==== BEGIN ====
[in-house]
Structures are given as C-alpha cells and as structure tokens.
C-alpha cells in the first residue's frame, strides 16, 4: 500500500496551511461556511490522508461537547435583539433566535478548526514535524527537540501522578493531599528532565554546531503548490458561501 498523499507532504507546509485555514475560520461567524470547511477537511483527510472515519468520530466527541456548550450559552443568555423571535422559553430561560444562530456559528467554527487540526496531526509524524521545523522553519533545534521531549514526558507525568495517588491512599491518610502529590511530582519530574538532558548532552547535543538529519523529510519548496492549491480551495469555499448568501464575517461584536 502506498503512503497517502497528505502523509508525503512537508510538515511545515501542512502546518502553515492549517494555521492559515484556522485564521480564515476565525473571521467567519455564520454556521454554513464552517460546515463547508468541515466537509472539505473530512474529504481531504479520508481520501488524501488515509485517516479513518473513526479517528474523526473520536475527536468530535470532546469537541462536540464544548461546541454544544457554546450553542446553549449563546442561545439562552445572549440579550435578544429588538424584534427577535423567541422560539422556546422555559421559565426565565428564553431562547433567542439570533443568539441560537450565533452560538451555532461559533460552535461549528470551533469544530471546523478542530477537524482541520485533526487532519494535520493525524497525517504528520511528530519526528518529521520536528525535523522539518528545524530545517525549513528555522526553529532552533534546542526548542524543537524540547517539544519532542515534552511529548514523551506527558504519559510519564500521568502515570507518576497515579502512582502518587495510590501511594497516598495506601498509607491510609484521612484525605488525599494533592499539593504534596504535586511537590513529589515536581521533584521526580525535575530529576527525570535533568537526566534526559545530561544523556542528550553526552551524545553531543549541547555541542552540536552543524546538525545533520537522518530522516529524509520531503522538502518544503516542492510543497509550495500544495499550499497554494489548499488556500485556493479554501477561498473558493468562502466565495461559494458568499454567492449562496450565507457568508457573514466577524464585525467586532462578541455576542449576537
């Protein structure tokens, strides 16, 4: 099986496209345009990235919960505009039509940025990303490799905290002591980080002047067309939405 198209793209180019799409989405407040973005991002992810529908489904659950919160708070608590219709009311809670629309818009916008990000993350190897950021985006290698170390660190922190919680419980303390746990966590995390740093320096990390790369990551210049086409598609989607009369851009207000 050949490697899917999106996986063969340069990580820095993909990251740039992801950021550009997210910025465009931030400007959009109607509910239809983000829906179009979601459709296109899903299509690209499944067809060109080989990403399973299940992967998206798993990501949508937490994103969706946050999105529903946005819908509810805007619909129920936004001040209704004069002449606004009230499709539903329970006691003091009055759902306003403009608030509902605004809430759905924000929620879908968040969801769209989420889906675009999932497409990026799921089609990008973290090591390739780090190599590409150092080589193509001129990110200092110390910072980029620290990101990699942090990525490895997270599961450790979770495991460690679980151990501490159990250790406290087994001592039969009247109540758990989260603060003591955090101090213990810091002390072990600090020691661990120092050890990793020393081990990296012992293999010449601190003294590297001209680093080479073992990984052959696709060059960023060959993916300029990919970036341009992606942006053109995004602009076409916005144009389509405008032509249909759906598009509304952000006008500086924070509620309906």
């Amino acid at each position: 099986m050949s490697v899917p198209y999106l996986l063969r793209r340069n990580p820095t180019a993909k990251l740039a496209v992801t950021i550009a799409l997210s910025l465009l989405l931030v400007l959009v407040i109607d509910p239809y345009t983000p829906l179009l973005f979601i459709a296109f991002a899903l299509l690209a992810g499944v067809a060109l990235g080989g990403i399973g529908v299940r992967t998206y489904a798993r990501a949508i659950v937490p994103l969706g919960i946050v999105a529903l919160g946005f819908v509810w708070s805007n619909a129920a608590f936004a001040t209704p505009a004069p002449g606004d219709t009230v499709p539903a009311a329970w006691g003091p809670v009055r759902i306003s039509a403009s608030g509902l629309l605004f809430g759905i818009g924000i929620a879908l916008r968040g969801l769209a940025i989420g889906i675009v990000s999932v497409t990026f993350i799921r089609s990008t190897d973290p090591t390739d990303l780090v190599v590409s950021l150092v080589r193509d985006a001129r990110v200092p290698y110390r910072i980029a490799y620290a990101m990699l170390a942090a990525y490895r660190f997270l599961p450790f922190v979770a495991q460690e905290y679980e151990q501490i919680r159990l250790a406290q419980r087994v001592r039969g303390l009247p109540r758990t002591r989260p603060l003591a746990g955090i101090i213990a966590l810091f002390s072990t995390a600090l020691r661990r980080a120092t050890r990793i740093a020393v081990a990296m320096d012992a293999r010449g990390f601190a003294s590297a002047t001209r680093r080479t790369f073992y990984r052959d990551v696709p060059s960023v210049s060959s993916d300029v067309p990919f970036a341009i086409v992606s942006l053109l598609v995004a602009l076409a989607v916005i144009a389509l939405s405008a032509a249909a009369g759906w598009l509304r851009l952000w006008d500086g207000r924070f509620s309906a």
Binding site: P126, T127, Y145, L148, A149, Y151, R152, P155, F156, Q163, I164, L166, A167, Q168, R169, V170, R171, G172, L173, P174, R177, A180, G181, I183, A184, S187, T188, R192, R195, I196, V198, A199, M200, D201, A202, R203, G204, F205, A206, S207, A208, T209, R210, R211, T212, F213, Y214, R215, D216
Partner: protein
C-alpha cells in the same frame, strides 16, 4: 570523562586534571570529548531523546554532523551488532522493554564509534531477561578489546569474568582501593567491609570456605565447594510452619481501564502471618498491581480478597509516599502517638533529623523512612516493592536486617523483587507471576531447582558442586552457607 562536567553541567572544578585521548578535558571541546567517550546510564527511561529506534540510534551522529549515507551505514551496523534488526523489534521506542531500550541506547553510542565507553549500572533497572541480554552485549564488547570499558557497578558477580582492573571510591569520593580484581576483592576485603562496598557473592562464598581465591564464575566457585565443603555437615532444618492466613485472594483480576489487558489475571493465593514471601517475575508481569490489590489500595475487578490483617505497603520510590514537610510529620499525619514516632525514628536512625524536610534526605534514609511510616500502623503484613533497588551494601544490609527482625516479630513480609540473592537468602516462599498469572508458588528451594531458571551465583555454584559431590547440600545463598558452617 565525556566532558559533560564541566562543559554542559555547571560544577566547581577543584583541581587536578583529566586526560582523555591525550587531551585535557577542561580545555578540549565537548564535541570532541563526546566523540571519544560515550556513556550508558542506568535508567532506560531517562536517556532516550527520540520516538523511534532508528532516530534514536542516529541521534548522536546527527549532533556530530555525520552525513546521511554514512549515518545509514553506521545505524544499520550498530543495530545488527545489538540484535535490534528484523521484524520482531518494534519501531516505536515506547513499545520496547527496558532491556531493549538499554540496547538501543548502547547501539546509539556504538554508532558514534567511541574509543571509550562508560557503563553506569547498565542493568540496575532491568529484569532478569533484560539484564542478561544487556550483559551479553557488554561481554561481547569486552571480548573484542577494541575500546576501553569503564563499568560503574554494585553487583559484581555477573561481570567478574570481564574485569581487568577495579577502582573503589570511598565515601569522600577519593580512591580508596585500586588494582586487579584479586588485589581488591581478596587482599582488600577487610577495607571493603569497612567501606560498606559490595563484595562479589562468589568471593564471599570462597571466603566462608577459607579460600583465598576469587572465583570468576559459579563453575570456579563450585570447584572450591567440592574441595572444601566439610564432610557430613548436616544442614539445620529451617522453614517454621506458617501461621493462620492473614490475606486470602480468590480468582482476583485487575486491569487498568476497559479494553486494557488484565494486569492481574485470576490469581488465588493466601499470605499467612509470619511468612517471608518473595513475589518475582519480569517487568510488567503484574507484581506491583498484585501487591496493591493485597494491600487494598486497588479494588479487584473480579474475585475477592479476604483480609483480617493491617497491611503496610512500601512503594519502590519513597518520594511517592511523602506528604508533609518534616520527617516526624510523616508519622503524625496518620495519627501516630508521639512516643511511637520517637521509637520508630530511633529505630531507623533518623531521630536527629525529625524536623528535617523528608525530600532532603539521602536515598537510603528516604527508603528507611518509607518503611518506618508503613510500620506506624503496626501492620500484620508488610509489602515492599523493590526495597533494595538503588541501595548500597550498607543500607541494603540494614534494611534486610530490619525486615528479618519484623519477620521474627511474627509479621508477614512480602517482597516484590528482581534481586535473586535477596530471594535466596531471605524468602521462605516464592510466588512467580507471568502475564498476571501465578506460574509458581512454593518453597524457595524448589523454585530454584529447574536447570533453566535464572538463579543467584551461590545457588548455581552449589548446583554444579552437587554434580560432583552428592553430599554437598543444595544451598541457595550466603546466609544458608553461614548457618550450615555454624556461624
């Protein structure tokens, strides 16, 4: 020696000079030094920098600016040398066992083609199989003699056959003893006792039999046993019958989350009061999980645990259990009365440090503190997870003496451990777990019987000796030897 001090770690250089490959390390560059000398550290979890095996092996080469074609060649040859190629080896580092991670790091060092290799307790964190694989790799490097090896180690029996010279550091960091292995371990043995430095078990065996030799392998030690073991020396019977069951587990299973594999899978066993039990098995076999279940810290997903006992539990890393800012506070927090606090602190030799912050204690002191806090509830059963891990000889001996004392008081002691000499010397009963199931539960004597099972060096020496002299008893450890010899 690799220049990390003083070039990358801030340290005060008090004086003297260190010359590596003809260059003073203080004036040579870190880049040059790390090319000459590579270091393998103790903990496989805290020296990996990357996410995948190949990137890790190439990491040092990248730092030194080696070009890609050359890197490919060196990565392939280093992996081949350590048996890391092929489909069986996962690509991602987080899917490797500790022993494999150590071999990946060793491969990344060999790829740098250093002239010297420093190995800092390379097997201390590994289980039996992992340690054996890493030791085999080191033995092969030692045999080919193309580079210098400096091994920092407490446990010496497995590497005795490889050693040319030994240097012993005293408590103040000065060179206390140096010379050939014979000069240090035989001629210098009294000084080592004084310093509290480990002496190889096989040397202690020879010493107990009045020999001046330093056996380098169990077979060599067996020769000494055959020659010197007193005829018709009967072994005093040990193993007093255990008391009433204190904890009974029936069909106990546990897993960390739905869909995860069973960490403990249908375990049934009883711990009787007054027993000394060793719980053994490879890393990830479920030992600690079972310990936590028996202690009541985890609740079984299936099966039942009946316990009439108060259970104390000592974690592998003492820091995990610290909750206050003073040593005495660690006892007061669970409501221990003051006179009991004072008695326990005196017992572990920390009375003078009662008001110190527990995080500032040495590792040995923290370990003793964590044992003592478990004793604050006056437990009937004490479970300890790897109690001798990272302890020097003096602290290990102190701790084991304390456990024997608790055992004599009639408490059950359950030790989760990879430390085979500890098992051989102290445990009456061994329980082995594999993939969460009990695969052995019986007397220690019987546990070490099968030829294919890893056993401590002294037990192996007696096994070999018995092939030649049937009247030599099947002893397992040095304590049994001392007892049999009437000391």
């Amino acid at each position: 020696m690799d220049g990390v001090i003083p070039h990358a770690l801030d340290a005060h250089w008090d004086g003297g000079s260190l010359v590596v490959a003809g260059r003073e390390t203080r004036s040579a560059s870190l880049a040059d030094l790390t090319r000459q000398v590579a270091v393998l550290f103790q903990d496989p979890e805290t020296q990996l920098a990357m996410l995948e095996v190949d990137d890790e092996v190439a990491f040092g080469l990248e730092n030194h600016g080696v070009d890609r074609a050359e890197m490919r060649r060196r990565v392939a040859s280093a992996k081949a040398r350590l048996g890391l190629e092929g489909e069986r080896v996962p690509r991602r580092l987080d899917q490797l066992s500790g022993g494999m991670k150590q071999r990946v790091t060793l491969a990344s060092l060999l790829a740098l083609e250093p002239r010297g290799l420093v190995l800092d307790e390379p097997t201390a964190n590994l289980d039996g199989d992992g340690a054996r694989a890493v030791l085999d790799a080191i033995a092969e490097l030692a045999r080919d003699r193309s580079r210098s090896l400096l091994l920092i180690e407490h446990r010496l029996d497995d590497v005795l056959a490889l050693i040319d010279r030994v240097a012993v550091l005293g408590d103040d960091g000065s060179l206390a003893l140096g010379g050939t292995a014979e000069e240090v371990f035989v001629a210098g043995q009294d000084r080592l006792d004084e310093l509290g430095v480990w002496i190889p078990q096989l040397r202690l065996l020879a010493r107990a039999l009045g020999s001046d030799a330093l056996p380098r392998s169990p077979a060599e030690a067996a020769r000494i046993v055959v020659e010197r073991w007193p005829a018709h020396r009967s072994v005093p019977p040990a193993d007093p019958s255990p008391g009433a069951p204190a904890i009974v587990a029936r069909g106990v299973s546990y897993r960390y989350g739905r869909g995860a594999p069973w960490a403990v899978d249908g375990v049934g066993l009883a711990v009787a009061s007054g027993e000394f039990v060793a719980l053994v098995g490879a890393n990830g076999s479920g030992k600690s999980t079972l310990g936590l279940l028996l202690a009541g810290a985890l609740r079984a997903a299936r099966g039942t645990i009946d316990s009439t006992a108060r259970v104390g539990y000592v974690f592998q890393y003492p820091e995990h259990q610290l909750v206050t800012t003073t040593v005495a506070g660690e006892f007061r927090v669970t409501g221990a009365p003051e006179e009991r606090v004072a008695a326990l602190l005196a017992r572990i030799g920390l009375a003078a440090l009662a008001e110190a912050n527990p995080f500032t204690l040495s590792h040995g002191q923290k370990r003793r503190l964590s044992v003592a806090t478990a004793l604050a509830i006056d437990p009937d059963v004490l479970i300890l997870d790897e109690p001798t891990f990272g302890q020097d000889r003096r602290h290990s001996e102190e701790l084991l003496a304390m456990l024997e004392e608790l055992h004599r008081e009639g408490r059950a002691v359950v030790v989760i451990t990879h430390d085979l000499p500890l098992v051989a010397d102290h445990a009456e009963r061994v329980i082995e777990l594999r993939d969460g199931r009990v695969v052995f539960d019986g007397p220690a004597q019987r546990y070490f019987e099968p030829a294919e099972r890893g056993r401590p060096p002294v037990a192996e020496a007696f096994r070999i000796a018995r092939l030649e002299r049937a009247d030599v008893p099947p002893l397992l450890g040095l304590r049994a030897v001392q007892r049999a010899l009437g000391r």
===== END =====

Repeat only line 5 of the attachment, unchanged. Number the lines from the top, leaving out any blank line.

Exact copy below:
């Amino acid at each position: 099986m050949s490697v899917p198209y999106l996986l063969r793209r340069n990580p820095t180019a993909k990251l740039a496209v992801t950021i550009a799409l997210s910025l465009l989405l931030v400007l959009v407040i109607d509910p239809y345009t983000p829906l179009l973005f979601i459709a296109f991002a899903l299509l690209a992810g499944v067809a060109l990235g080989g990403i399973g529908v299940r992967t998206y489904a798993r990501a949508i659950v937490p994103l969706g919960i946050v999105a529903l919160g946005f819908v509810w708070s805007n619909a129920a608590f936004a001040t209704p505009a004069p002449g606004d219709t009230v499709p539903a009311a329970w006691g003091p809670v009055r759902i306003s039509a403009s608030g509902l629309l605004f809430g759905i818009g924000i929620a879908l916008r968040g969801l769209a940025i989420g889906i675009v990000s999932v497409t990026f993350i799921r089609s990008t190897d973290p090591t390739d990303l780090v190599v590409s950021l150092v080589r193509d985006a001129r990110v200092p290698y110390r910072i980029a490799y620290a990101m990699l170390a942090a990525y490895r660190f997270l599961p450790f922190v979770a495991q460690e905290y679980e151990q501490i919680r159990l250790a406290q419980r087994v001592r039969g303390l009247p109540r758990t002591r989260p603060l003591a746990g955090i101090i213990a966590l810091f002390s072990t995390a600090l020691r661990r980080a120092t050890r990793i740093a020393v081990a990296m320096d012992a293999r010449g990390f601190a003294s590297a002047t001209r680093r080479t790369f073992y990984r052959d990551v696709p060059s960023v210049s060959s993916d300029v067309p990919f970036a341009i086409v992606s942006l053109l598609v995004a602009l076409a989607v916005i144009a389509l939405s405008a032509a249909a009369g759906w598009l509304r851009l952000w006008d500086g207000r924070f509620s309906a």